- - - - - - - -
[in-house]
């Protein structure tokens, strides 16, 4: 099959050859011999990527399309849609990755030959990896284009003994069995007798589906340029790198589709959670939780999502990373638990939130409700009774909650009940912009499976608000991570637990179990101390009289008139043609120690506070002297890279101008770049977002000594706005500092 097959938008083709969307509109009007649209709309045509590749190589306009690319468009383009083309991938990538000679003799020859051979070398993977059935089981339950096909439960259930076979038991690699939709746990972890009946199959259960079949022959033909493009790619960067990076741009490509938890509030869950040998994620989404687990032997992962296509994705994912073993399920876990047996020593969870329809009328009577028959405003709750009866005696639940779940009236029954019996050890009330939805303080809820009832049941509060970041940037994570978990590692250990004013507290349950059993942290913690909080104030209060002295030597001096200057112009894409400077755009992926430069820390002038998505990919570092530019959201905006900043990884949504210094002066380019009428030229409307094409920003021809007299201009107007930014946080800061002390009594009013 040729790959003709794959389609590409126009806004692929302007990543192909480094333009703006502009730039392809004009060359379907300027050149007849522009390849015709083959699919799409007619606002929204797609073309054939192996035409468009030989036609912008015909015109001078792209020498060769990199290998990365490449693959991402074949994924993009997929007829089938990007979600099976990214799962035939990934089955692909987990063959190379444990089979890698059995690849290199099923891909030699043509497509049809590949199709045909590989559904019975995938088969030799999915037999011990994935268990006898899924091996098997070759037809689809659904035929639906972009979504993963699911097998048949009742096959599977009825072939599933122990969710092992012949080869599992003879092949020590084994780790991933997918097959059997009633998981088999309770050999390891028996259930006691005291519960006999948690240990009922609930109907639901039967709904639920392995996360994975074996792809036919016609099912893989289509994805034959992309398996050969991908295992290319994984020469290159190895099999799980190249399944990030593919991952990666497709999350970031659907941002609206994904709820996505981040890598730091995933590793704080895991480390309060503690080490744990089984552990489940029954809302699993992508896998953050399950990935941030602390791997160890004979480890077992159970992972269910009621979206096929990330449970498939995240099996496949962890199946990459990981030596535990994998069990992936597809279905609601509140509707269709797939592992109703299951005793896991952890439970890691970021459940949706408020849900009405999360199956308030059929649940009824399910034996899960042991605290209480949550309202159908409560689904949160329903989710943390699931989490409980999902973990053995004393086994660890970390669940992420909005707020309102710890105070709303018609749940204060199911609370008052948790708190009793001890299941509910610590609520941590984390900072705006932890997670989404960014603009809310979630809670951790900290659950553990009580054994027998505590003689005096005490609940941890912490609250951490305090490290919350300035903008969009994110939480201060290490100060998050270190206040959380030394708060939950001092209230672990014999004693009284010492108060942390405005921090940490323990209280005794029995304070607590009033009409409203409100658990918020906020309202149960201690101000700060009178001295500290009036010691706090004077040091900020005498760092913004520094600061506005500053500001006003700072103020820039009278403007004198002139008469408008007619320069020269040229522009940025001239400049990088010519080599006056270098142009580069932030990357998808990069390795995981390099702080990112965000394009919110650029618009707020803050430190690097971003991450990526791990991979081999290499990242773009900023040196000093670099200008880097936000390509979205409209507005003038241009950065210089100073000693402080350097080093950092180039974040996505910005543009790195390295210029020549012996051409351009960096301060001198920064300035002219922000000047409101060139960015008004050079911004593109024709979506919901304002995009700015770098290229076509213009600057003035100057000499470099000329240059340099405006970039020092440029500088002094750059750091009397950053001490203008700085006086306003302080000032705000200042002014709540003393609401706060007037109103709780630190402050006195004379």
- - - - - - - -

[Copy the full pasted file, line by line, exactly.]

[in-house]
């Protein structure tokens, strides 16, 4: 099959050859011999990527399309849609990755030959990896284009003994069995007798589906340029790198589709959670939780999502990373638990939130409700009774909650009940912009499976608000991570637990179990101390009289008139043609120690506070002297890279101008770049977002000594706005500092 097959938008083709969307509109009007649209709309045509590749190589306009690319468009383009083309991938990538000679003799020859051979070398993977059935089981339950096909439960259930076979038991690699939709746990972890009946199959259960079949022959033909493009790619960067990076741009490509938890509030869950040998994620989404687990032997992962296509994705994912073993399920876990047996020593969870329809009328009577028959405003709750009866005696639940779940009236029954019996050890009330939805303080809820009832049941509060970041940037994570978990590692250990004013507290349950059993942290913690909080104030209060002295030597001096200057112009894409400077755009992926430069820390002038998505990919570092530019959201905006900043990884949504210094002066380019009428030229409307094409920003021809007299201009107007930014946080800061002390009594009013 040729790959003709794959389609590409126009806004692929302007990543192909480094333009703006502009730039392809004009060359379907300027050149007849522009390849015709083959699919799409007619606002929204797609073309054939192996035409468009030989036609912008015909015109001078792209020498060769990199290998990365490449693959991402074949994924993009997929007829089938990007979600099976990214799962035939990934089955692909987990063959190379444990089979890698059995690849290199099923891909030699043509497509049809590949199709045909590989559904019975995938088969030799999915037999011990994935268990006898899924091996098997070759037809689809659904035929639906972009979504993963699911097998048949009742096959599977009825072939599933122990969710092992012949080869599992003879092949020590084994780790991933997918097959059997009633998981088999309770050999390891028996259930006691005291519960006999948690240990009922609930109907639901039967709904639920392995996360994975074996792809036919016609099912893989289509994805034959992309398996050969991908295992290319994984020469290159190895099999799980190249399944990030593919991952990666497709999350970031659907941002609206994904709820996505981040890598730091995933590793704080895991480390309060503690080490744990089984552990489940029954809302699993992508896998953050399950990935941030602390791997160890004979480890077992159970992972269910009621979206096929990330449970498939995240099996496949962890199946990459990981030596535990994998069990992936597809279905609601509140509707269709797939592992109703299951005793896991952890439970890691970021459940949706408020849900009405999360199956308030059929649940009824399910034996899960042991605290209480949550309202159908409560689904949160329903989710943390699931989490409980999902973990053995004393086994660890970390669940992420909005707020309102710890105070709303018609749940204060199911609370008052948790708190009793001890299941509910610590609520941590984390900072705006932890997670989404960014603009809310979630809670951790900290659950553990009580054994027998505590003689005096005490609940941890912490609250951490305090490290919350300035903008969009994110939480201060290490100060998050270190206040959380030394708060939950001092209230672990014999004693009284010492108060942390405005921090940490323990209280005794029995304070607590009033009409409203409100658990918020906020309202149960201690101000700060009178001295500290009036010691706090004077040091900020005498760092913004520094600061506005500053500001006003700072103020820039009278403007004198002139008469408008007619320069020269040229522009940025001239400049990088010519080599006056270098142009580069932030990357998808990069390795995981390099702080990112965000394009919110650029618009707020803050430190690097971003991450990526791990991979081999290499990242773009900023040196000093670099200008880097936000390509979205409209507005003038241009950065210089100073000693402080350097080093950092180039974040996505910005543009790195390295210029020549012996051409351009960096301060001198920064300035002219922000000047409101060139960015008004050079911004593109024709979506919901304002995009700015770098290229076509213009600057003035100057000499470099000329240059340099405006970039020092440029500088002094750059750091009397950053001490203008700085006086306003302080000032705000200042002014709540003393609401706060007037109103709780630190402050006195004379």